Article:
06:10:00 1.07 9742.08
06:15:00 1.11 11279.94
06:20:00 1.09 11494.36
06:25:00 1.06 10490.05
06:30:00 1.07 10752.57
06:35:00 1.06 10388.84
06:40:00 1.06 11555.59
06:45:00 1.08 17057.53
06:50:00 1.08 16411.32
06:55:00 1.06 16708.09
07:00:01 1.07 18058.43
07:05:00 1.06 24262.85
07:10:00 1.06 27548.93


Hakuna Matata.
Honored Contributor

Re: Oracle WareHouse - Need for more CPUS even if CPU Utilization is Low!?

While it is true that their program will spawn more parallel workers with more CPUs IF you've got parallel server count set to CPU count or a multiple of CPU count - I believe that if CPU count is only at 40% then this isn't your problem. I think they are wanting more speed from queries by being more parallel, right? Well, if that's the case, with free cpu cycles laying about, I'd just increase the max parallel server level in the database (double it), and see if the proc load goes up, and see if the query time reduces.

If your last posting about semaphore locks is the issue (and saying so without the benefits of a good statspack report), then I don't think more CPUs and more parallelism won't fix the issue, it would only increase the problem of semaphore management, which would probably show up in their database as latch contention, and if they have enough ram to cache loads of it, then more specifically - buffer chain latches.
These types are quite common in databases with loads of full table scans (like data warehouses).

I'd look at
a) increasing multi block read count
b) increasing cache in the buffer cache until db misses are small, and you've not got problems with latch busies, and at that point -
c) increase the size of the inittrans on the problematic tables,
d) increase the freelists on the most problematic tables
e) using some materialized views to support the work queries
f) increasing the size of the redo_buffer cache - only because in general most people run this too small to get any throughput.
g) partitions on the data and the indexes relevant to the worst tables.
h) Since you're do cooked file systems, make sure that your tablespaces exist in lots of tablespace files. So instead of having a 10G
tablespace in a single file - use a tablespace with 10 1G files, or 20 1/2 gig files to spread I/O among files. Or...
to eliminate semaphore problems more fully - switch to raw disk.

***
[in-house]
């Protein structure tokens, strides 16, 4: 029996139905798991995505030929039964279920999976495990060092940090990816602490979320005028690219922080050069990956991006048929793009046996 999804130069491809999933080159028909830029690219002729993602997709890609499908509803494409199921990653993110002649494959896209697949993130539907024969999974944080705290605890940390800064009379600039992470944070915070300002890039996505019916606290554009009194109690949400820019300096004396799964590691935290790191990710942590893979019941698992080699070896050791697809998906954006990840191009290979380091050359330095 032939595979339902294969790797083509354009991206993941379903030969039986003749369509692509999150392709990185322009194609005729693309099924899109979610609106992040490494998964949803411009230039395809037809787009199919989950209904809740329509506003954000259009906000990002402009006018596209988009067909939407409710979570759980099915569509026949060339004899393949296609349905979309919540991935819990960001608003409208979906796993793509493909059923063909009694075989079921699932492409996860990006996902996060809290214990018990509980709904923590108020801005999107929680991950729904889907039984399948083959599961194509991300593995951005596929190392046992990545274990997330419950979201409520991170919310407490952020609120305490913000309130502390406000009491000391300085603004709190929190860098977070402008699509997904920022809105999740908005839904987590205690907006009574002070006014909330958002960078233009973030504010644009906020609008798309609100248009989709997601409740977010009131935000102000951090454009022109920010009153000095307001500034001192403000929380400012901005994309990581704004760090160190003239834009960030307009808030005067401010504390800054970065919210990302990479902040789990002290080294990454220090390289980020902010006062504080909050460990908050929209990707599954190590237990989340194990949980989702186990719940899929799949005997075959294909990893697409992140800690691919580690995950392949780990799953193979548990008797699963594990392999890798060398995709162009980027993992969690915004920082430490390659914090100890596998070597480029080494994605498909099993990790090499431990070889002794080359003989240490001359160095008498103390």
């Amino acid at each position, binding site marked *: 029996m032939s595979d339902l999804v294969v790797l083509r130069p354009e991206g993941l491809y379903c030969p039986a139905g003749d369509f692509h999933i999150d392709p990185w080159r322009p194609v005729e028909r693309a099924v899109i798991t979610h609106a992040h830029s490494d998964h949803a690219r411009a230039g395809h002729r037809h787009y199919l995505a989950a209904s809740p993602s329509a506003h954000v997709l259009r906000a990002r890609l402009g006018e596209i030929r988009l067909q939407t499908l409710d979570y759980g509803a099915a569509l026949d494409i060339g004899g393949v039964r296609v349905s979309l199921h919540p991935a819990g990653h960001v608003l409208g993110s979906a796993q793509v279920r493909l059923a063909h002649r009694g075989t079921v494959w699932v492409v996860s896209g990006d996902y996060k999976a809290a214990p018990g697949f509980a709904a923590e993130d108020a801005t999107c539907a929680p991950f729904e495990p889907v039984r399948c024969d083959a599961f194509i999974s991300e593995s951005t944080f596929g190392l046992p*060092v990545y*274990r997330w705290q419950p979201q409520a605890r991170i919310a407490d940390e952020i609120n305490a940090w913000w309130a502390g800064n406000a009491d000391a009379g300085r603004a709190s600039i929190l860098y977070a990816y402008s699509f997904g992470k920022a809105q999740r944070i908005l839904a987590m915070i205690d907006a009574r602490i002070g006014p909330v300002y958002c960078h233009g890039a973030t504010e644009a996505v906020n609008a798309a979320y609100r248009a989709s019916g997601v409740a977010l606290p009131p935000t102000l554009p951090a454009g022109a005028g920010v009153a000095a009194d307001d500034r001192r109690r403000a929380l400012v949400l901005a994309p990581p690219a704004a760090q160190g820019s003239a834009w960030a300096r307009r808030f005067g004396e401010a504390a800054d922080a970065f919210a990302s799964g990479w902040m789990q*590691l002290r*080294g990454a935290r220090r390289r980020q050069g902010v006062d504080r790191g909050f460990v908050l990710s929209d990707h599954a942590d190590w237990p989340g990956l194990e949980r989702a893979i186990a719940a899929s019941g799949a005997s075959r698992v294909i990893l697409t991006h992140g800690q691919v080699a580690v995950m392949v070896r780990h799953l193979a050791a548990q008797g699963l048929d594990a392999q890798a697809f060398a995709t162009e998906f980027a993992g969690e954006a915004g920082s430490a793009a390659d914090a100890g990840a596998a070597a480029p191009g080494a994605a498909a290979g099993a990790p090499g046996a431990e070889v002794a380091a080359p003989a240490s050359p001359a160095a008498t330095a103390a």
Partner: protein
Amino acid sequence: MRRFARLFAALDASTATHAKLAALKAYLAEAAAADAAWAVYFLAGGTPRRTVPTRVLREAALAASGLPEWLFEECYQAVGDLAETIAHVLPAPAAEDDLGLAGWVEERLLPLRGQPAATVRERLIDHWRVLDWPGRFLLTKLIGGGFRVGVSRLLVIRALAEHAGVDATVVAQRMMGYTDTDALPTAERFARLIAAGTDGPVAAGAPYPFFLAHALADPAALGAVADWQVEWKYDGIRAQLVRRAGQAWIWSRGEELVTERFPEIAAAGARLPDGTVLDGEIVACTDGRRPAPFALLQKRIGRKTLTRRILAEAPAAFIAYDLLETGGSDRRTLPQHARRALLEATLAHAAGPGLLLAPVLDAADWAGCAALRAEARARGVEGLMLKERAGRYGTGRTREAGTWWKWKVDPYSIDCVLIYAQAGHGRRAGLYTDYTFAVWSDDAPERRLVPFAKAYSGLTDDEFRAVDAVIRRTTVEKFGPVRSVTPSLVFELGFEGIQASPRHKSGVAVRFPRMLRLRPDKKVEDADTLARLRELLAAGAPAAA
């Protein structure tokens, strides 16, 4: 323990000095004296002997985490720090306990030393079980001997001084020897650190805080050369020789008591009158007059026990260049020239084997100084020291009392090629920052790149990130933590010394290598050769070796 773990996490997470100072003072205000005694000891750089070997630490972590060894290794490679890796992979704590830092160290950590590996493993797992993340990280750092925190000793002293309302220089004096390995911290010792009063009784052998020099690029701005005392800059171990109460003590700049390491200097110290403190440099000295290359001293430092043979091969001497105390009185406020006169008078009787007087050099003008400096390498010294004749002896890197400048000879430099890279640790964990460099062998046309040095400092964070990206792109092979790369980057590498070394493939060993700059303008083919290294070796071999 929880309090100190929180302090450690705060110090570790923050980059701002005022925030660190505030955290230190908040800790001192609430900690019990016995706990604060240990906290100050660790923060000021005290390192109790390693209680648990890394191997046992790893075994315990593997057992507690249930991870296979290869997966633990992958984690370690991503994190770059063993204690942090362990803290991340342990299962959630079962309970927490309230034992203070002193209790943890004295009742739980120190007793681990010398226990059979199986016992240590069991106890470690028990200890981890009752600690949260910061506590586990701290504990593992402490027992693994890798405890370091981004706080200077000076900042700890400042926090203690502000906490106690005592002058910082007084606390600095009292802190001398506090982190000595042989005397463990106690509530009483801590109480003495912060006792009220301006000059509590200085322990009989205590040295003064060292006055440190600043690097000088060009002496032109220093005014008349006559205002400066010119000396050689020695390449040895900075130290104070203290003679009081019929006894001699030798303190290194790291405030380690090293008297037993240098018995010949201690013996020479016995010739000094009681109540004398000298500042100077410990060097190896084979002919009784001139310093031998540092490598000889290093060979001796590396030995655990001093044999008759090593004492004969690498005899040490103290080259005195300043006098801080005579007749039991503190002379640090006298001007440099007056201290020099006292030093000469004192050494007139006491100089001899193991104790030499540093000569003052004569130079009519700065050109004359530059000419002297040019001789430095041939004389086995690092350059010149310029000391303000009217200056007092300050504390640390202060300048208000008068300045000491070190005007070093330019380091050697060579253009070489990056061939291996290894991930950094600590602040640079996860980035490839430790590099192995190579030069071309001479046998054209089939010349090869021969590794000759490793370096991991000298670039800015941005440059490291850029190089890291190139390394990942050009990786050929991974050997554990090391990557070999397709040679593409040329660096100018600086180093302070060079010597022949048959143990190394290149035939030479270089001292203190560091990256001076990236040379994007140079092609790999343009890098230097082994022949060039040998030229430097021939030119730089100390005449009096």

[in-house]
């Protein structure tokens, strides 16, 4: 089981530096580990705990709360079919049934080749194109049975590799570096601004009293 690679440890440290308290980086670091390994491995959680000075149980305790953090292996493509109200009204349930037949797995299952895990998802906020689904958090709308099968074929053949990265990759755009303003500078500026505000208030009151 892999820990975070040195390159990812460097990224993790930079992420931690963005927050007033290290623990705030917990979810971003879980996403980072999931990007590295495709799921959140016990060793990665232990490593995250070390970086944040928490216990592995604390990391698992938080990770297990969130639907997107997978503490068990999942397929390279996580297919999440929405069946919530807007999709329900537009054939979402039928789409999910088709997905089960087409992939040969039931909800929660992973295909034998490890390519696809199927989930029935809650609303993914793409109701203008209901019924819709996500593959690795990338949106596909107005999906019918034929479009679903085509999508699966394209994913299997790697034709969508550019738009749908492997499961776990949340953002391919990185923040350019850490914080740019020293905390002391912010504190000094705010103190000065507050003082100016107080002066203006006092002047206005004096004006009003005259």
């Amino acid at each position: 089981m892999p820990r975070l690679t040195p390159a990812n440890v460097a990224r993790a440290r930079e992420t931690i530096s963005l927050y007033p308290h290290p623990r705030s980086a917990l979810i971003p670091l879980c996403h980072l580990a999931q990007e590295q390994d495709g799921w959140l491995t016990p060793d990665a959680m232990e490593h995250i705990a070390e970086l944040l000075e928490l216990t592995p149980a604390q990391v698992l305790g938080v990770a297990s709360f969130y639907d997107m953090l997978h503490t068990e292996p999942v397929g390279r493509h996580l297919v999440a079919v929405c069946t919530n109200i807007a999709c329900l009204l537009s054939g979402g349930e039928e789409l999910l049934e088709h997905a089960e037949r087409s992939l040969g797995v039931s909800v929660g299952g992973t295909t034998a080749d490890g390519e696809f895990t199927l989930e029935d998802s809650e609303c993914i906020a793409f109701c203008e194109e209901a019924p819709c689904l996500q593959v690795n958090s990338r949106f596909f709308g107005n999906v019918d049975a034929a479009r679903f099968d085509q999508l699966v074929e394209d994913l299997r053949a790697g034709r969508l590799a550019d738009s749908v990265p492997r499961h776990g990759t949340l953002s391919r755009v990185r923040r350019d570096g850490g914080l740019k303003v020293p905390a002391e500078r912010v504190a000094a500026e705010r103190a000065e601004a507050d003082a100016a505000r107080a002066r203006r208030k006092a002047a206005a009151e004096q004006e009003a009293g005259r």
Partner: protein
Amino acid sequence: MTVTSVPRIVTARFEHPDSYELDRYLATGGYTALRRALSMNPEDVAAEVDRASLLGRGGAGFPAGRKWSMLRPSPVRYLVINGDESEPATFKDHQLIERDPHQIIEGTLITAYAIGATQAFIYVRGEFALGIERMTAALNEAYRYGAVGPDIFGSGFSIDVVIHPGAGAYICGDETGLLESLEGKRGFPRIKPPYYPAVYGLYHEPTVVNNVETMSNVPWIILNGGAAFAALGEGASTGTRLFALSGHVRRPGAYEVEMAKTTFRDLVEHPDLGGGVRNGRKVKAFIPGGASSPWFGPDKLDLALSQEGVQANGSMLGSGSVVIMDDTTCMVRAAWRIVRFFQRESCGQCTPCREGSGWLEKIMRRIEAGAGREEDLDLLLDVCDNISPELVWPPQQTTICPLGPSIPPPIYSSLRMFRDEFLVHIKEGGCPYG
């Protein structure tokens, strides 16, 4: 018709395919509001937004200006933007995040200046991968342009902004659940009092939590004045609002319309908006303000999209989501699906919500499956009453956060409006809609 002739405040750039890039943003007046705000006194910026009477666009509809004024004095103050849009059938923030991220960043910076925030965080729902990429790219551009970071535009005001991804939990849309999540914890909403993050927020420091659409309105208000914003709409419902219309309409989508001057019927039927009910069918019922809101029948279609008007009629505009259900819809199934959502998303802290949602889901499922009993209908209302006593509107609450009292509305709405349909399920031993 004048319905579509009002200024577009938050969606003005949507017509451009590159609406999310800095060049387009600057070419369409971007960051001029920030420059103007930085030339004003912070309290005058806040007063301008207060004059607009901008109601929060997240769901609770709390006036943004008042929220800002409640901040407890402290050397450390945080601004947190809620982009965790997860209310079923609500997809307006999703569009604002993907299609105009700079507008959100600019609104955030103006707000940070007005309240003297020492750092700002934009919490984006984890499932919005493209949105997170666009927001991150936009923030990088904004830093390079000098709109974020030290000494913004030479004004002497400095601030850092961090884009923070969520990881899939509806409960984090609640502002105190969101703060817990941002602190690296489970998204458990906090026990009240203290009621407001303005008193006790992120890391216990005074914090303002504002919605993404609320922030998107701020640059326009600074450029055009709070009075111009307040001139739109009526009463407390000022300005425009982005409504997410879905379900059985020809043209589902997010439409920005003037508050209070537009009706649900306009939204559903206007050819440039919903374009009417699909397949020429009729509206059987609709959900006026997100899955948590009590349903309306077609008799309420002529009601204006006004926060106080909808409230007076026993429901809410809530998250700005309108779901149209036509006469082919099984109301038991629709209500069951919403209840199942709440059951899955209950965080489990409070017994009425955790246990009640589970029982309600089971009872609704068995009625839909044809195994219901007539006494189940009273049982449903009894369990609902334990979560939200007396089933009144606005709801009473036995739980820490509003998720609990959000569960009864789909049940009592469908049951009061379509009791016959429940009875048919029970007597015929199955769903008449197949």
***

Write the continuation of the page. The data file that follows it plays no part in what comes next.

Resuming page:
The problem is, more cpus with more parallel servers will deepen your obvious semaphore (ne' concurrency) issues, and I've not seen your I/O waits - but I can only imagine that if your doing data warehousing with multiple requests and users, then your either at 40 % because a) you're only running 3 queries (.4*8) at once whiche I find unlikely), or b) you've got a full complement of concurrent queries running but the cpus are yielding (as someone else said) because of waits for I/O.

Data Warehouses in both their official and unoffical forms - need query tuning, etc to perform better for their users. Unless they are looking to buy their way out of having to do this.

From what you've told me, and the problems they are having (semaphore contention) the next bottleneck to free up, without having to tune queries would be obtained by going with raw volumes.

Lastly, keep in mind that even the most fully tuned system, MUST wait on something, as all processes will not be spontaneous - thus, you'll should always be able to identify something which could errouneously be misinterpreted as a bottleneck.... when in truth, it may be that the system is merely working as hard as it can for you. But I wouldn't expect to see that case, at 40% cpu usage on an 8 way, unless you're only three processes wide!
We are the people our parents warned us about --Jimmy Buffett
Honored Contributor

Re: Oracle WareHouse - Need for more CPUS even if CPU Utilization is Low!?

Hi nelson,

Allow me to also add that you also need to do some finetuning at the database level so as to take the maximum out of the available resources. For instance, you may wish to set the PARALLEL_MAX_SERVER initialisation parameter to power of two - based on number of cpu's. e.g. if you have 8 cpus, then 16.

Also, you need to benchmark the current performances so that you do not do an overkill.

How many concurrent users will you be having during the peak period?

kind regards
No person was ever honoured for what he received. Honour has been the reward for what he gave (clavin coolidge)
Honored Contributor

Re: Oracle WareHouse - Need for more CPUS even if CPU Utilization is Low!?


Interesting article on ""

Note the section near the bottom that starts with:

Out of curiosity, why the aversion to parallel operations?

Read the whole thing, but an interesting part follows:
--- AskTom Excerpt
when parallel query first came out, 7.1.6 was the production release of Oracle.

A data warehouse was a new concept.

They typically had about one user running queries. So, for that one user, using parallel query made sense.

Once you have many more users than CPU's/IO channels - parallel stops making perfect sense. It is very good for administrative tasks, but todays "warehouse" with 16 cpu's and 100 concurrent users - parallel is many times not reasonable (my preference is to ask for it via a parallel hint without a degree - if sufficient resources exist, it'll do it - else it won't)
-- End of Excerpt

HTH, John
We are the people our parents warned us about --Jimmy Buffett